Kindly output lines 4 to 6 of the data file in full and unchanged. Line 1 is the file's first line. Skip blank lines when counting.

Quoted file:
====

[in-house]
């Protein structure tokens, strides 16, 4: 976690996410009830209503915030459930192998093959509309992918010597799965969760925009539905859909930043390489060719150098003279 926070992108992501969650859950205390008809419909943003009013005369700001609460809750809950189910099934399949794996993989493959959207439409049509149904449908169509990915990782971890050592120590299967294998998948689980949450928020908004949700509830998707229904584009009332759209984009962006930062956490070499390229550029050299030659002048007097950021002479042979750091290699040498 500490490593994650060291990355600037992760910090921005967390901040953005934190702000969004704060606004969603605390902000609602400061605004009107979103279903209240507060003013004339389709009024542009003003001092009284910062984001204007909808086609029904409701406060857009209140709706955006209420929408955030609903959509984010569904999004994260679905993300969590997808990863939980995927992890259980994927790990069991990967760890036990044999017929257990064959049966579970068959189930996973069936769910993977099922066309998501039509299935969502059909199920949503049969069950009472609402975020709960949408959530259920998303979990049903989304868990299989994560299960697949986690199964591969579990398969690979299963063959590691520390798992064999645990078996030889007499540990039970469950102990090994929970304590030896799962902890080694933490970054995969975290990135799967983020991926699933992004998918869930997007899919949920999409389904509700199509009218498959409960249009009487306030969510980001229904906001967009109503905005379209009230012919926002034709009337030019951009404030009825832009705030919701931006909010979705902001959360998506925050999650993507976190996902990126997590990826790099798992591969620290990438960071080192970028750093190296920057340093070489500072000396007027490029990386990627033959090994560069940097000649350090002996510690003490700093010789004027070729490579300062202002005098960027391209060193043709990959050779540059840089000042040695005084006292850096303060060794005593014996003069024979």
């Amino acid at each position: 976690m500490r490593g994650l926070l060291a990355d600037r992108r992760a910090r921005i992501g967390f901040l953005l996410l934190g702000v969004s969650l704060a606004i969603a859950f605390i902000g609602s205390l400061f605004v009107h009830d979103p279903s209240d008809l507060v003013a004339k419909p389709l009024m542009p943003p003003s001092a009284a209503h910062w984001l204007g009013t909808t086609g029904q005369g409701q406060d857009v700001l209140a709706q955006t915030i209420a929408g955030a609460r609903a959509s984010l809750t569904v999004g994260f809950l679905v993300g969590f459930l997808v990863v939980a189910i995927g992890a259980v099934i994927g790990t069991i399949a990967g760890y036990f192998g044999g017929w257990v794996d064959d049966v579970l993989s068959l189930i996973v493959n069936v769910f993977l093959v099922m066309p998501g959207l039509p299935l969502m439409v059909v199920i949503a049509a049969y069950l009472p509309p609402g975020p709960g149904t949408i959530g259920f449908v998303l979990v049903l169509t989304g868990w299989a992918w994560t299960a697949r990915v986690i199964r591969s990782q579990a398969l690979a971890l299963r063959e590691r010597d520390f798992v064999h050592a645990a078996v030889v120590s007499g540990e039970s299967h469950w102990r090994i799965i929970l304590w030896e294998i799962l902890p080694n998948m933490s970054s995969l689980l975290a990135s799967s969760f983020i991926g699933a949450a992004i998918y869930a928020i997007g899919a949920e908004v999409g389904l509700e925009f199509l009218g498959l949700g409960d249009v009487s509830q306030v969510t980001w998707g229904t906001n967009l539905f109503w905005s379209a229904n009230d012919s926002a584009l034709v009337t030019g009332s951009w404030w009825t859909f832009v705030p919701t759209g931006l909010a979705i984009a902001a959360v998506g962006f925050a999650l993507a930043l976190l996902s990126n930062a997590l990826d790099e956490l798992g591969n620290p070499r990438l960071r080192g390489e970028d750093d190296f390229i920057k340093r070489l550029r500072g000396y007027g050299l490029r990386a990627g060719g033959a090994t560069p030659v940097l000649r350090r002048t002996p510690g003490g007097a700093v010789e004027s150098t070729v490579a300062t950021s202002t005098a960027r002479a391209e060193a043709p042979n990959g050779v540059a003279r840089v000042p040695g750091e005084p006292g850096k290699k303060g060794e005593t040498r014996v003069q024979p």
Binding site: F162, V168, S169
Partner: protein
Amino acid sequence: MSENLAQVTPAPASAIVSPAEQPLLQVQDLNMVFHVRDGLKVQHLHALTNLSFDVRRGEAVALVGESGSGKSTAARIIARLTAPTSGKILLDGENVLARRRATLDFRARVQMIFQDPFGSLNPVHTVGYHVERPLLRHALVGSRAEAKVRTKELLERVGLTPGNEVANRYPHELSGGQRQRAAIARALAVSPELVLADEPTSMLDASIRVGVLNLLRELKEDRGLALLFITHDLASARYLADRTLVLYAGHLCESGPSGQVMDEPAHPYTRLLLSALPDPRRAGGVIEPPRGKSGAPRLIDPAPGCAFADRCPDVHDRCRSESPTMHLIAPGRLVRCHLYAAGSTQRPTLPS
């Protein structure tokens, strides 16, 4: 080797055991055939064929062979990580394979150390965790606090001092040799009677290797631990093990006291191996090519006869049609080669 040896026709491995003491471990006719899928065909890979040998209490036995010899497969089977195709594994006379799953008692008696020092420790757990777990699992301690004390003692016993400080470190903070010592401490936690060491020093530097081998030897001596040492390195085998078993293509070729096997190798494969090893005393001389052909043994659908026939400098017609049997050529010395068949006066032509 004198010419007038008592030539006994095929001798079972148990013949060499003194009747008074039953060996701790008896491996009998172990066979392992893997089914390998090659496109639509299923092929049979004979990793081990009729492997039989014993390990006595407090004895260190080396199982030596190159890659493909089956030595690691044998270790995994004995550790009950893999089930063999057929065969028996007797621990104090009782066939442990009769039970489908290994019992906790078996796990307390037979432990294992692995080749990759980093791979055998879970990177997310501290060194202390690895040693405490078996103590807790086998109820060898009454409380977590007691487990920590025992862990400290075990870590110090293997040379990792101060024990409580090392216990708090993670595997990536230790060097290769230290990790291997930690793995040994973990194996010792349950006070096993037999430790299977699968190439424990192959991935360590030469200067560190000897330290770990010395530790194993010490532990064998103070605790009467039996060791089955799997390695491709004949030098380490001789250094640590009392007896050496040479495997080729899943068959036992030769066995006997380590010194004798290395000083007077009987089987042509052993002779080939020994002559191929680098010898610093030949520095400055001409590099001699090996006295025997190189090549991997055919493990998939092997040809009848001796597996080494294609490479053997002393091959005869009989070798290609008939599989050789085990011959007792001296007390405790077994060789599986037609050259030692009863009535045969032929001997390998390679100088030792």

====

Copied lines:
Binding site: F162, V168, S169
Partner: protein
Amino acid sequence: MSENLAQVTPAPASAIVSPAEQPLLQVQDLNMVFHVRDGLKVQHLHALTNLSFDVRRGEAVALVGESGSGKSTAARIIARLTAPTSGKILLDGENVLARRRATLDFRARVQMIFQDPFGSLNPVHTVGYHVERPLLRHALVGSRAEAKVRTKELLERVGLTPGNEVANRYPHELSGGQRQRAAIARALAVSPELVLADEPTSMLDASIRVGVLNLLRELKEDRGLALLFITHDLASARYLADRTLVLYAGHLCESGPSGQVMDEPAHPYTRLLLSALPDPRRAGGVIEPPRGKSGAPRLIDPAPGCAFADRCPDVHDRCRSESPTMHLIAPGRLVRCHLYAAGSTQRPTLPS